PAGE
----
• reflects local practice in each of the geographies in which DP World operates, but is also set against common market policy positions; and
  • reviewed annually on 1 April to take into account market pay movements, individual performance, relativity to market on an individual basis and DP World’s ability to pay.

ALLOWANCES AND BENEFITS

  • Can either be cash or non-cash elements based on level of responsibility as determined by the application of a formal job evaluation methodology.
  • Reflects local practice in each of the geographies in which DP World operates, but are also set against common market policy positions.
  • For Executive Directors and senior management based in Dubai, cash allowances are a normal component of the package and typically cover accommodation, utility, transport and club elements in line with Dubai market practice. Benefits include the provision of children’s education assistance, travel assistance, medical and dental insurance and post-retirement benefits.
  • Reviewed annually to ensure that DP World remains competitive within the market place and that it continues to provide the reward mechanisms to aid retention in line with its ability to pay.

PERFORMANCE DELIVERY PLAN (PDP)

  • Cash-based incentive plan to motivate, drive and reward performance over an operating cycle of one year.
  • The PDP combines business financial performance and individual performance objectives. Levels of awards, financial and personal measures and weightings will vary depending on the role, geography and level of responsibility of the individual. For individuals outside the Executive Directors and senior management category, the principle is then typically cascaded throughout the business units’ organisational levels in line with local policies.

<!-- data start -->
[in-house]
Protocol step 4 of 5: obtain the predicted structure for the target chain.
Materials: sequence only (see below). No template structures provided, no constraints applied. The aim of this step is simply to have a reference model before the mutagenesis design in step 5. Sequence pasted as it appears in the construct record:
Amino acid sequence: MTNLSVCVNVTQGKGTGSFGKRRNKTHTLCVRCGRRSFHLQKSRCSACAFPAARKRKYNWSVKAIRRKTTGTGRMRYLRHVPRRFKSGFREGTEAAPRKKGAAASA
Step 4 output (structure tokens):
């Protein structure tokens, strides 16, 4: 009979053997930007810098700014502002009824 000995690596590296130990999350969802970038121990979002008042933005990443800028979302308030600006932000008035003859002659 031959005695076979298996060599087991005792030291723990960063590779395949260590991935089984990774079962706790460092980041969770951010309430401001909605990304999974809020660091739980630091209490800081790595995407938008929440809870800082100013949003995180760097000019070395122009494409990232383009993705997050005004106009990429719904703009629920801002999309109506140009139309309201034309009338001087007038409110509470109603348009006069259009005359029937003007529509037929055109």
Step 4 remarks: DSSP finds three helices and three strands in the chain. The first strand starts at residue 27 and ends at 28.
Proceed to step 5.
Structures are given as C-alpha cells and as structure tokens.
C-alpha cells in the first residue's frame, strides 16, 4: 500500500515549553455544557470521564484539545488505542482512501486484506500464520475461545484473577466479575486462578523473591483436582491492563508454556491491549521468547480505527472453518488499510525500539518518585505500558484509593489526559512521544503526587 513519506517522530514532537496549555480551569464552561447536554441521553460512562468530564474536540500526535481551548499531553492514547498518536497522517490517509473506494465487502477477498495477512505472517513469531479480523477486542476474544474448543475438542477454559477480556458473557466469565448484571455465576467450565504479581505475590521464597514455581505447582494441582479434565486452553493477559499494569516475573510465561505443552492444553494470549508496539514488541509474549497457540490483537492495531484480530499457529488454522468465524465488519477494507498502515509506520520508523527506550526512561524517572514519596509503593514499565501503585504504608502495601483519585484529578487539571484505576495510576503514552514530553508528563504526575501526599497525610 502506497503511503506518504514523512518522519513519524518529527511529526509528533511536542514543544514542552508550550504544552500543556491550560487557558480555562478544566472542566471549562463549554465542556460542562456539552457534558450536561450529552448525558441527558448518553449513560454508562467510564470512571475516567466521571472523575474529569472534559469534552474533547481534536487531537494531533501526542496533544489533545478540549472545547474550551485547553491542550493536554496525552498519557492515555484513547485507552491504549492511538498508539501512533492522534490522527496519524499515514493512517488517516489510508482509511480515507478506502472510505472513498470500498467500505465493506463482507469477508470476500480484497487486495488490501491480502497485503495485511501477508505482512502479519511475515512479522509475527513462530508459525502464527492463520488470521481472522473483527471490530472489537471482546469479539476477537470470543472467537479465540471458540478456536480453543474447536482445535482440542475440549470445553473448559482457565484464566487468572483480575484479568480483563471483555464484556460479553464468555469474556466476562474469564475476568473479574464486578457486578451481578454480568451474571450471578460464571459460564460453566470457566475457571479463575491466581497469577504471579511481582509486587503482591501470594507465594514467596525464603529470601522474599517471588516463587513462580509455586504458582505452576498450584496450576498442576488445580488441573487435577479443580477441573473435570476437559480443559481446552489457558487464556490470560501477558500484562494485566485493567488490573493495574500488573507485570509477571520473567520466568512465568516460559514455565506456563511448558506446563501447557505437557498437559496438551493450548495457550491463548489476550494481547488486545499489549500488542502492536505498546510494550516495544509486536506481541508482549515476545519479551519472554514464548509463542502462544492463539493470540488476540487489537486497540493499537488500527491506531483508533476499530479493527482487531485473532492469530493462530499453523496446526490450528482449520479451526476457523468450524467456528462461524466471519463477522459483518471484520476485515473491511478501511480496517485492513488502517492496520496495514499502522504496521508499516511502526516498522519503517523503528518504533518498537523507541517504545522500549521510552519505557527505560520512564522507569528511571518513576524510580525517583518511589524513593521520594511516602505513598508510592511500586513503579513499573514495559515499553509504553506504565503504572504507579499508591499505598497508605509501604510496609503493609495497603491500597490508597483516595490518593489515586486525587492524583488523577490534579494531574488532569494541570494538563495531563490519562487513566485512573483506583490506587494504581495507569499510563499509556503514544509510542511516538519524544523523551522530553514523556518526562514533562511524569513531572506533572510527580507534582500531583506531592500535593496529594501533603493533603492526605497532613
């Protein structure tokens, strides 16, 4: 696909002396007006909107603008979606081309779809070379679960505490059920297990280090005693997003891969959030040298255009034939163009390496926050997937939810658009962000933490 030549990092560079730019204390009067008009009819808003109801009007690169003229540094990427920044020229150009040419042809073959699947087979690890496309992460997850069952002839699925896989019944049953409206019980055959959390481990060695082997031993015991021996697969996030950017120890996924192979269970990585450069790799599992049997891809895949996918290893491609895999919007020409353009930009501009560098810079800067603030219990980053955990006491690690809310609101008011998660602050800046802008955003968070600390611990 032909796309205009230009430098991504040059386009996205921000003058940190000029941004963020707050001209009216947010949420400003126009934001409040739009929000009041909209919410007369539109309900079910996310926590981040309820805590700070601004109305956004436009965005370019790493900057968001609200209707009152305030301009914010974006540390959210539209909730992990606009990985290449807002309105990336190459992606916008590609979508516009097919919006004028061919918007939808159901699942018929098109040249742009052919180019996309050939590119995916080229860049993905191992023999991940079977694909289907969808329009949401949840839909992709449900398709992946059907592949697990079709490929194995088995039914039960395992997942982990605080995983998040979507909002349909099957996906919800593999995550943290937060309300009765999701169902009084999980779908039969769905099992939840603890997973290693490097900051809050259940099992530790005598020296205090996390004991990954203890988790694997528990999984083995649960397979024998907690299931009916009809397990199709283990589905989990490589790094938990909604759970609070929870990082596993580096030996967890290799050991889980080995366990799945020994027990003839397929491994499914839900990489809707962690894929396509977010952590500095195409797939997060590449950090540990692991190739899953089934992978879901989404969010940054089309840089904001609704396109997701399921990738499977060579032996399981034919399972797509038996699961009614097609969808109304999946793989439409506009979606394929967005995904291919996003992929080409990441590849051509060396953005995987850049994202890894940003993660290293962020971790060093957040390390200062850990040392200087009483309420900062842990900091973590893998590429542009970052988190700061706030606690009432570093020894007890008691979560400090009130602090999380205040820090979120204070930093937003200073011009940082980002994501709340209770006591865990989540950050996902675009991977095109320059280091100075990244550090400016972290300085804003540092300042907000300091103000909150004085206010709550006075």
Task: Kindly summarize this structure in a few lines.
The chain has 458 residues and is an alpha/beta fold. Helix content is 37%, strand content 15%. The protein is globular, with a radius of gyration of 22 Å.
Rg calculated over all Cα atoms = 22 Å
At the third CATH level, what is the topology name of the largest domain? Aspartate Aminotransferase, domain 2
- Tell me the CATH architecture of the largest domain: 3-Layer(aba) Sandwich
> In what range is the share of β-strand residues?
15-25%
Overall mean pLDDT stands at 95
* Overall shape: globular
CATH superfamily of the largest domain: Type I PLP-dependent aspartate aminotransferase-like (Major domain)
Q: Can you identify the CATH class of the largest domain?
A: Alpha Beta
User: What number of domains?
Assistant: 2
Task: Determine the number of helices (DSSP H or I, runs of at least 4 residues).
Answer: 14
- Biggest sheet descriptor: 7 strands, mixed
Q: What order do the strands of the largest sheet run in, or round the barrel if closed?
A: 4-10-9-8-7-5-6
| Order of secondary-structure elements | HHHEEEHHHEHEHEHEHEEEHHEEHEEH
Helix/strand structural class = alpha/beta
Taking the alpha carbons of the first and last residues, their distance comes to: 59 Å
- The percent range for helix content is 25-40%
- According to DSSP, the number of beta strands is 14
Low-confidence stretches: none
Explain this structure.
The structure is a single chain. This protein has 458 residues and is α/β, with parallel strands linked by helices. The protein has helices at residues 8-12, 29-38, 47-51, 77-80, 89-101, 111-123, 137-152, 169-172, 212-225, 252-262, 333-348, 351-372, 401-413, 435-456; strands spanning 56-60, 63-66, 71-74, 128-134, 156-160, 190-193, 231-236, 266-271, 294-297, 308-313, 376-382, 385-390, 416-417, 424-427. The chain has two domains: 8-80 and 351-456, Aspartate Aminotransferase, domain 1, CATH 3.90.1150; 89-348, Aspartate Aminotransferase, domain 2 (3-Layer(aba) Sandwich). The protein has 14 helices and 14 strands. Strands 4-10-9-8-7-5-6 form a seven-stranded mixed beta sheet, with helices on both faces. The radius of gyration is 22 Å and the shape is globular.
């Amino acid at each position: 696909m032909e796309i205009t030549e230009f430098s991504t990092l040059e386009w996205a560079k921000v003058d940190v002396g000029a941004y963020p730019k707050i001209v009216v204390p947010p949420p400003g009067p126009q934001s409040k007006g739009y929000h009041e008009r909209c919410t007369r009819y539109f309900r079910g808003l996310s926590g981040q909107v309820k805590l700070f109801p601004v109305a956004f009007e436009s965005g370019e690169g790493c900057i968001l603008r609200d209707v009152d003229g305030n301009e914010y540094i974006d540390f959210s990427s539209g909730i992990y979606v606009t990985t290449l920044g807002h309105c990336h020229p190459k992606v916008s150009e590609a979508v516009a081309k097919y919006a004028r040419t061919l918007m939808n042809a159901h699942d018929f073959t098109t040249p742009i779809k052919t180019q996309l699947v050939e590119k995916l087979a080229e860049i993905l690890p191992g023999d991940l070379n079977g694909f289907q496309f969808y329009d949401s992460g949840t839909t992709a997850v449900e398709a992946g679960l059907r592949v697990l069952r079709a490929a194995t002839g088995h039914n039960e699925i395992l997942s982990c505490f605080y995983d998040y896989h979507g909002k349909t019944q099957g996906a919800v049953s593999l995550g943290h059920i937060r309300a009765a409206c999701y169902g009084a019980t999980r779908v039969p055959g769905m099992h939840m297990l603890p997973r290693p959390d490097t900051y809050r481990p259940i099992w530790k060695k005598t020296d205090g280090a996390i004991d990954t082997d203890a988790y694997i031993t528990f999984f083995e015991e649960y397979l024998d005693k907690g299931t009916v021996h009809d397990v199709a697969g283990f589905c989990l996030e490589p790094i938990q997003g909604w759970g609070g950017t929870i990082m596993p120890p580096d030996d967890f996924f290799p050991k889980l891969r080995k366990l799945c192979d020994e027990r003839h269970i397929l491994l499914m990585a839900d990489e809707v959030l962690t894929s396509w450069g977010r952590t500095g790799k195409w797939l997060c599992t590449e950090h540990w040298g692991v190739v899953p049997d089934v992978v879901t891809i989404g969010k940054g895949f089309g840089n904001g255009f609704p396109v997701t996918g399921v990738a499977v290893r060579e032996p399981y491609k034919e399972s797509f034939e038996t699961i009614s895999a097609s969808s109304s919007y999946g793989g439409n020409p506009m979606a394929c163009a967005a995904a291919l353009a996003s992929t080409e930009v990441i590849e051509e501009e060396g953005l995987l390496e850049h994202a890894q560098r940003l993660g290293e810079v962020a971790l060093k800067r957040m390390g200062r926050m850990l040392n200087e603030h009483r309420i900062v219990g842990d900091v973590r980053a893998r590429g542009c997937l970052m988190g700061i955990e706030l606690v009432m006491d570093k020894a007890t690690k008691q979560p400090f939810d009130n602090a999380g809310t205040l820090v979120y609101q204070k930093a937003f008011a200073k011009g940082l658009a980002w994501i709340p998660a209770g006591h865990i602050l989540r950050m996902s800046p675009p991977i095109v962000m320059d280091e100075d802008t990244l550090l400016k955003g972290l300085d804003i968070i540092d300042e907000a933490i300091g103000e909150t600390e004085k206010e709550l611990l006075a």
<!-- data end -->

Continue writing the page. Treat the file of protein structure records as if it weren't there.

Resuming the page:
• Appropriateness of the levels of awards, financial and personal measures and weightings are reviewed on an annual basis to ensure they continue to support our business strategy.
  • Payment is in cash and is expected to be made in April each year for performance over the previous financial year, subject to review and sign-off by the Remuneration Committee.

LONG-TERM INCENTIVE PLAN (LTIP)

  • Cash-based rolling incentive plan to motivate, drive and reward sustained performance over the long-term operating cycle of three years.
  • The LTIP reflects business financial performance only. Levels of awards, financial measures and weightings will vary depending on the role, geography and levels of responsibility of the individuals. In addition to the Executive Directors and senior managers, employees performing the top 100 jobs (as determined by job size) are also eligible to participate in the LTIP in line with the same financial metrics as described for Executive Directors and senior managers with varying levels of award in line with their job size.
  • Appropriateness of the levels of awards, financial measures and weightings are reviewed on an annual basis to ensure they continue to support our business strategy.
  • Payment is in cash and is expected to be made in April each year for performance over the previous three financial years, subject to review and sign-off by the Remuneration Committee.

INCENTIVE PLANS

As described above, the Company has adopted a short-term and a long-term incentive plan for its Executive Directors and senior managers. Details of these plans are outlined below.

The Performance Delivery Plan (PDP) for the financial year ended 2013 (award to be paid in 2014) and 2012 (award paid in 2013) is worth a maximum of 75% of annual base salary. It is made up of two components; a financial component worth 70% of the overall award value and a personal component worth 30% of the overall award value.

The financial component is based on performance assessed against a budgeted Profit After Tax (PAT) measure. Payout on the financial component is triggered if the Company achieves 95% of its target. Maximum payout on the financial component will occur if the Company achieves 105% of its target. The payout for performance between the 95% and 105% of target is on a straight-line basis.

The personal component is based on performance assessed against Specific, Measurable, Achievable, Relevant & Timebound (SMART) objectives. The objectives are particular to each individual role and can include financial based objectives and more qualitative ones.